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Pa. lawmakers are allowed to accept unlimited gifts from lobbyists. A new bill would change that

Lindsay Lazarski

Pennsylvania's state House of Representatives on Monday began advancing a package of bills aimed at lobbyist influence, including limiting gifts from lobbyists and prohibiting lobbyists from trying to influence an elected official for whom they also worked as a campaign strategist.

The bills won passage in the House State Government Committee, and require floor votes in both the House and Senate to get to Gov. Tom Wolf.

One of the centerpiece bills would bar state officials, including lawmakers, from letting a lobbyist pay for their transportation, lodging, recreation or entertainment, and limiting gifts from lobbyists to $250 in value each year.

Wolf in 2015 banned employees under his jurisdiction from accepting gifts of any amount, but lawmakers still allow themselves to accept gifts in unlimited quantities from anyone seeking to influence them.

That has prompted demonstrators from MarchOnHarrisburg to interrupt legislative voting sessions in recent years, protest at lawmakers' offices and mount a “ stop taking bribes ” campaign aimed at lawmakers.

Gift-ban legislation has been introduced before and died.

But MarchOnHarrisburg's executive director, Michael Pollock, said he is optimistic that the group can get enough key members of House and Senate Republican leadership on board this time to win passage of what the group sees as an essential anti-corruption measure.

MarchOnHarrisburg’s members have sought, without success, to get a commitment from Senate President Pro Tempore Jake Corman. They also showed up at his golf course fundraiser earlier this month and, on Monday, tried to talk to him about it in the Capitol.

“He got out of the conversation as quickly as he could with a ‘no comment,’” Pollock said.

Corman's office separately declined comment on whether he supports a gift ban.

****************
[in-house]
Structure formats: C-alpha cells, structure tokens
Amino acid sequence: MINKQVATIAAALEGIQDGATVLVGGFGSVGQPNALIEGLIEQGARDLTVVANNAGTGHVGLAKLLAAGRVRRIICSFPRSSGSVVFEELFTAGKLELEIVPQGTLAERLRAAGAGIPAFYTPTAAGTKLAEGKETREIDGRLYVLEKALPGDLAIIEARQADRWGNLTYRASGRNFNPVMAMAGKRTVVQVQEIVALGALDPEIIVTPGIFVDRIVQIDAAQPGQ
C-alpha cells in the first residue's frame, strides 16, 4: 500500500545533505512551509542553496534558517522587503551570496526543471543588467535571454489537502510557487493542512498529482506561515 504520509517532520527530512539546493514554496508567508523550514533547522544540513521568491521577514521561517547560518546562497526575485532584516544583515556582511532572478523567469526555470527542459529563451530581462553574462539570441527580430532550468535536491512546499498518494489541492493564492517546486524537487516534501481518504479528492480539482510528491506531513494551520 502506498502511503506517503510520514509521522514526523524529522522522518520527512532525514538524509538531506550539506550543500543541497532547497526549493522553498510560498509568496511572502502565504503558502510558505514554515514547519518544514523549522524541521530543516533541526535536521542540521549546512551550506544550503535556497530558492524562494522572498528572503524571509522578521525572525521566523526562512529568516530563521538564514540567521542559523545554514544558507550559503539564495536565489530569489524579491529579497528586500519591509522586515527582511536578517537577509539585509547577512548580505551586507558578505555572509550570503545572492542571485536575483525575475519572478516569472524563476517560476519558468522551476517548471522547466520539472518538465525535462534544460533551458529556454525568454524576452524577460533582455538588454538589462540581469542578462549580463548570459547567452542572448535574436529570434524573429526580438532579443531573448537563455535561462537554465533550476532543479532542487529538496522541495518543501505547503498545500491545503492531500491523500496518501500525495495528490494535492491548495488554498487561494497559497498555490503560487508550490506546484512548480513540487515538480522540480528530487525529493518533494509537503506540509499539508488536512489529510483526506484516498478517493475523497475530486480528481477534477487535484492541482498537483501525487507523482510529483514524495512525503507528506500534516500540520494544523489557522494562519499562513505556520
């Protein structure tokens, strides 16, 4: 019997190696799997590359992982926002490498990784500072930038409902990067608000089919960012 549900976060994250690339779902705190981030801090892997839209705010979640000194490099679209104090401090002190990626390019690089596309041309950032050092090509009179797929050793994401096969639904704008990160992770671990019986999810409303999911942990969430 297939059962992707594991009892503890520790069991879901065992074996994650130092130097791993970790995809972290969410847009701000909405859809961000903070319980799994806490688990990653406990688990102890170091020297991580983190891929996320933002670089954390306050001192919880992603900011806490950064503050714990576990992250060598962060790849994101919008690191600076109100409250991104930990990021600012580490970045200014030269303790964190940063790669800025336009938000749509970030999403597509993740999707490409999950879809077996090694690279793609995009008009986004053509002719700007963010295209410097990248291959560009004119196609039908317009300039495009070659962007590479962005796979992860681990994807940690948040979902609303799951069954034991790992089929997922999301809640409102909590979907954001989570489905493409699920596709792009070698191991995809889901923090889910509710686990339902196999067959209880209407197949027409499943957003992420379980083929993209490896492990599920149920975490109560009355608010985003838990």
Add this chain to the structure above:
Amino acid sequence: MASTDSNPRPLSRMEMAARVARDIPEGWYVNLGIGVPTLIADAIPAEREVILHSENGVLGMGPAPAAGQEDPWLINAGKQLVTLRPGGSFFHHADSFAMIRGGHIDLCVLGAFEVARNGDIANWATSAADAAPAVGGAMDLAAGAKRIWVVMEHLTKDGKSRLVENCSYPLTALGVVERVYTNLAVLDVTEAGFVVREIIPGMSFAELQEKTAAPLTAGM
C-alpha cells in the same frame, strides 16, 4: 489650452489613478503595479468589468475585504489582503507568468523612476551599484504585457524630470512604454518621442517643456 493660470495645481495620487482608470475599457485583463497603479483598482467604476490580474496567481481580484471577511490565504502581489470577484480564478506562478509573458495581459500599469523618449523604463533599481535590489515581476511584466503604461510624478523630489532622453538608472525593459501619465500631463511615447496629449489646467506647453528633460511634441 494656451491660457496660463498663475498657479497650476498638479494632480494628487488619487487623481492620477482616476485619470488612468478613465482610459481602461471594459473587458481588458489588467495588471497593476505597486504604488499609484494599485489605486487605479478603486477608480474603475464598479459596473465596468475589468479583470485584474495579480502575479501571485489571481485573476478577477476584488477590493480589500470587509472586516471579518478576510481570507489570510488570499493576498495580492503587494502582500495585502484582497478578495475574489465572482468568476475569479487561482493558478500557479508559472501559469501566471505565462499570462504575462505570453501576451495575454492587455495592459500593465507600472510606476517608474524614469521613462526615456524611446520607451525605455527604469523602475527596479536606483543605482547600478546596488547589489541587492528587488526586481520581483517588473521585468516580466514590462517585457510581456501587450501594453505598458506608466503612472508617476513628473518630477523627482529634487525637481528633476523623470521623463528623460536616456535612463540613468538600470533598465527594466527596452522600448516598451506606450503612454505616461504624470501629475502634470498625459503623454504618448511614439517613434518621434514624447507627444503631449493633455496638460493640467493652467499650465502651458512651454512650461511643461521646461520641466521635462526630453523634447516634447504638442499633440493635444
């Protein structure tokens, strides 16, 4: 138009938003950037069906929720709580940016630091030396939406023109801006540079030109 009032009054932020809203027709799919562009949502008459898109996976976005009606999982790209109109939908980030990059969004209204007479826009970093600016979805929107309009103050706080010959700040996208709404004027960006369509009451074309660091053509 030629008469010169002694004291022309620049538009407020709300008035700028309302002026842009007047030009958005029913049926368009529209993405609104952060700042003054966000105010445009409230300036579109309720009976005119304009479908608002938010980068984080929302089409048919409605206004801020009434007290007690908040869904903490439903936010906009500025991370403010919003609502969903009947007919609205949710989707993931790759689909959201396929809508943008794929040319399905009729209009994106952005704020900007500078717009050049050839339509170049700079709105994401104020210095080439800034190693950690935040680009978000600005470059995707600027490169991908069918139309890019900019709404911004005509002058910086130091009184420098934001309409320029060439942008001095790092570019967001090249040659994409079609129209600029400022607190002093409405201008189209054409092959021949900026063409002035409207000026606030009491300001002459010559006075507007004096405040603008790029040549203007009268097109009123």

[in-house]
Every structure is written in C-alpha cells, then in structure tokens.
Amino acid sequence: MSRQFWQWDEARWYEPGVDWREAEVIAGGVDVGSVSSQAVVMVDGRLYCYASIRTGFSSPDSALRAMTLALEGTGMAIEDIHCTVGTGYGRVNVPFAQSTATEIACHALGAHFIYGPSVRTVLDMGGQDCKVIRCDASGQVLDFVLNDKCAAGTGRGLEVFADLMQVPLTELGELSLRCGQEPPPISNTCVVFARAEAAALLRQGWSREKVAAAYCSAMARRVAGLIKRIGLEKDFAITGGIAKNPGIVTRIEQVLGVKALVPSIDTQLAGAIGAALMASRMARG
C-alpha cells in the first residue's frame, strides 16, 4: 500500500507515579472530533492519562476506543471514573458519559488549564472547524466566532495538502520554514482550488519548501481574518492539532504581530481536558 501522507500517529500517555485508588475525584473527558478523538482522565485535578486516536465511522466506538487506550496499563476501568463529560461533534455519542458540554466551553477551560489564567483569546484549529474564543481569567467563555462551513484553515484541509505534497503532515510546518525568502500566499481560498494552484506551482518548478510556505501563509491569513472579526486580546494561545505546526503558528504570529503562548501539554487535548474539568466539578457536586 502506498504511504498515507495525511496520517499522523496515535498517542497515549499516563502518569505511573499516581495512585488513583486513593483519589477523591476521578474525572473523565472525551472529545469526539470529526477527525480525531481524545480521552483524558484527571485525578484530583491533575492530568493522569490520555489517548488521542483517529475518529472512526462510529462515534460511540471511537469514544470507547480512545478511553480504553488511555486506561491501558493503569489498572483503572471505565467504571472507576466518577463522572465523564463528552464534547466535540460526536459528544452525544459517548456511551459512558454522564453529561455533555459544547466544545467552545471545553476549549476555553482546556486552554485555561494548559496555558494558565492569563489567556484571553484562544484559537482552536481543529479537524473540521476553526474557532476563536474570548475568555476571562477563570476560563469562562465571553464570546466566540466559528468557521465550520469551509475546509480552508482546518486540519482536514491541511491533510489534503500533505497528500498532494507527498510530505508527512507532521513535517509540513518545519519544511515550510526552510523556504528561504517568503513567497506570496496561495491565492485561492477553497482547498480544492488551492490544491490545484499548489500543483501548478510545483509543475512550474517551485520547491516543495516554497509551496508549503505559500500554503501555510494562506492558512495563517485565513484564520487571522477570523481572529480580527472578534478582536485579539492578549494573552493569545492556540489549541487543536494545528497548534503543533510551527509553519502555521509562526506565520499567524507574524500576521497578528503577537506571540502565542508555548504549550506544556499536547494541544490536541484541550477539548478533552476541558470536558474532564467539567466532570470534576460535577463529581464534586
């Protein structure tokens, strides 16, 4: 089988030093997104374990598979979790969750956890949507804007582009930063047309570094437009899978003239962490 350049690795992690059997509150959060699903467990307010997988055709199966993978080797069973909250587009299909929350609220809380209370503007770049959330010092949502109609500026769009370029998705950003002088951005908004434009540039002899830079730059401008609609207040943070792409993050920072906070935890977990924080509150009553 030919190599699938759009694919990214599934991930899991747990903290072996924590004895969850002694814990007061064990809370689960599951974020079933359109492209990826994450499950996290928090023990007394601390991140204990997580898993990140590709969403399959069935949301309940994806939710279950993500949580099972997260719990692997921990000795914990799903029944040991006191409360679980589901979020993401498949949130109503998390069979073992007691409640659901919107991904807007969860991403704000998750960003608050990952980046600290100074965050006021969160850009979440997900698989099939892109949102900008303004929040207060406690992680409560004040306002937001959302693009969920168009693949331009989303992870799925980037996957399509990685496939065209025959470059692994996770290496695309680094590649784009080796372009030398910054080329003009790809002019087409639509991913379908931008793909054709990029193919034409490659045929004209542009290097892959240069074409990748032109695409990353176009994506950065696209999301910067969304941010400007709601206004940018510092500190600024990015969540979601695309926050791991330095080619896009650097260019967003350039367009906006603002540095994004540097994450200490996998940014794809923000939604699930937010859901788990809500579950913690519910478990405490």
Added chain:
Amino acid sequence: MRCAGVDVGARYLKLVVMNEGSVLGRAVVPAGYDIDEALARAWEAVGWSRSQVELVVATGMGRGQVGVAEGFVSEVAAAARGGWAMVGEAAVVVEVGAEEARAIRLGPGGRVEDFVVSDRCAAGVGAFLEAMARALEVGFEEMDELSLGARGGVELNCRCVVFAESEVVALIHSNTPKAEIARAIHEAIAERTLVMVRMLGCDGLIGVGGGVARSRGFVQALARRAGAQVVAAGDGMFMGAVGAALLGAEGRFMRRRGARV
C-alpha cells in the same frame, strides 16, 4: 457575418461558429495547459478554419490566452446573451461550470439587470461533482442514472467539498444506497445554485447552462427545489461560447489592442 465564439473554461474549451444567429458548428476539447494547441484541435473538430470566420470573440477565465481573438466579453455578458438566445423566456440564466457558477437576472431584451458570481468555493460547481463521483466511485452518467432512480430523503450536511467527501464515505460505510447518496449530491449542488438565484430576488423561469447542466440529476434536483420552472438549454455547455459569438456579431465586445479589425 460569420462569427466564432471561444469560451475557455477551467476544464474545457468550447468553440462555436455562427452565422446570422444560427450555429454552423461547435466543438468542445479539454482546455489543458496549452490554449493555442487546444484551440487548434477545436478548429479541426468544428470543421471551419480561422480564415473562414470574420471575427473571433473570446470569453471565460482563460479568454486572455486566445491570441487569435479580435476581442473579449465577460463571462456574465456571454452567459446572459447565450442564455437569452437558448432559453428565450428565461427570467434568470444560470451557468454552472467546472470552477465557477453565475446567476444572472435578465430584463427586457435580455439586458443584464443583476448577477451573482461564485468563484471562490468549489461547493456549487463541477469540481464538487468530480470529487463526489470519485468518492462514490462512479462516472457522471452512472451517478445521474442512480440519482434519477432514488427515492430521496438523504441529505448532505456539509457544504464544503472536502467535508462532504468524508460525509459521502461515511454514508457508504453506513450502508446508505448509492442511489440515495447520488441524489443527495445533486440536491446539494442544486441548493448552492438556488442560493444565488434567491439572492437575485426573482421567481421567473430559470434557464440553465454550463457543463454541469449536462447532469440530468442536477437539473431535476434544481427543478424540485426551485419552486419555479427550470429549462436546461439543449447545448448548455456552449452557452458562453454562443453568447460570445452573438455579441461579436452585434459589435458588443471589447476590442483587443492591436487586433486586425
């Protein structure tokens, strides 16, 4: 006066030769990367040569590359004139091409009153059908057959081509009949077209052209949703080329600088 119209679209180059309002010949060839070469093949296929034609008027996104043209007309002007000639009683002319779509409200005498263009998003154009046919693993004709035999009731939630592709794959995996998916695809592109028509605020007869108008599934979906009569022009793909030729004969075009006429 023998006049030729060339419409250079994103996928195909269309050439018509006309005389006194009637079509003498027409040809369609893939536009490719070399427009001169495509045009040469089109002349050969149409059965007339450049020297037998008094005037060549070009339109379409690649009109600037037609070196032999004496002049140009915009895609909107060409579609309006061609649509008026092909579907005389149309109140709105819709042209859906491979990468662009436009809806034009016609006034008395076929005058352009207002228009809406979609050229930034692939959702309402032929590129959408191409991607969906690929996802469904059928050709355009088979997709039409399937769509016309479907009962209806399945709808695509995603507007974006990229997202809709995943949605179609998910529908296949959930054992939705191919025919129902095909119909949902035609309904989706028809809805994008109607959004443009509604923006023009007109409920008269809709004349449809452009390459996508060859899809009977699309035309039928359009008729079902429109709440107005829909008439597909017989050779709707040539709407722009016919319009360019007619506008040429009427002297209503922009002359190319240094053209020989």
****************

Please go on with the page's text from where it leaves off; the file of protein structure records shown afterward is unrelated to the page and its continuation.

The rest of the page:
Lawmakers and other candidates for state office in Pennsylvania can still accept campaign contributions in any amount from any person, including lobbyists and people who get contracts from state agencies or the Legislature.

Lobbyists, their clients and trade associations in Pennsylvania also routinely provide lawmakers with free meals, travel and tickets to sporting events, destination conferences or entertainment venues.

Most other states have laws limiting the extent of gifts that lawmakers may accept, according to the National Conference on State Legislatures.

Lawmakers in Pennsylvania have made no move to impose so-called pay-to-play rules or limit campaign contributions, although both chambers approved internal chamber rules banning most types of cash gifts to members in 2014 following a scandal.

Another centerpiece bill is aimed at lobbyists or lobbying firms that also provide campaign management services, legislation sought since at least 2015 by a handful of Republican state senators complaining about the growing influence of such firms connected to top GOP lawmakers.

Under it, a lobbyist would be prohibited from trying to influence a state official, or an employee on the official's staff, after having served as a campaign consultant to the official.

The prohibition lasts for that elected term and also applies to a lobbyist who had a financial interest in a firm that provided campaign services.

A separate bill targets the revolving door between lobbyists and the Legislature’s staff. It would prohibit a legislative employee from being lobbied for a year by colleagues at their former lobbying firm.

Several bills address transparency.

One would require lobbyists to bolster their reporting to the state by disclosing their ownership stake in a lobbying firm. A second would require lobbying firms to disclose instances when they ask a client to waive a conflict of interest that the lobbying firm has with another client.

Another bill bans lobbyists, lobbying firms and their clients from giving or receiving referral fees.

Yet another bill would bar a state entity from hiring lobbyists or campaign consultants to influence another state entity.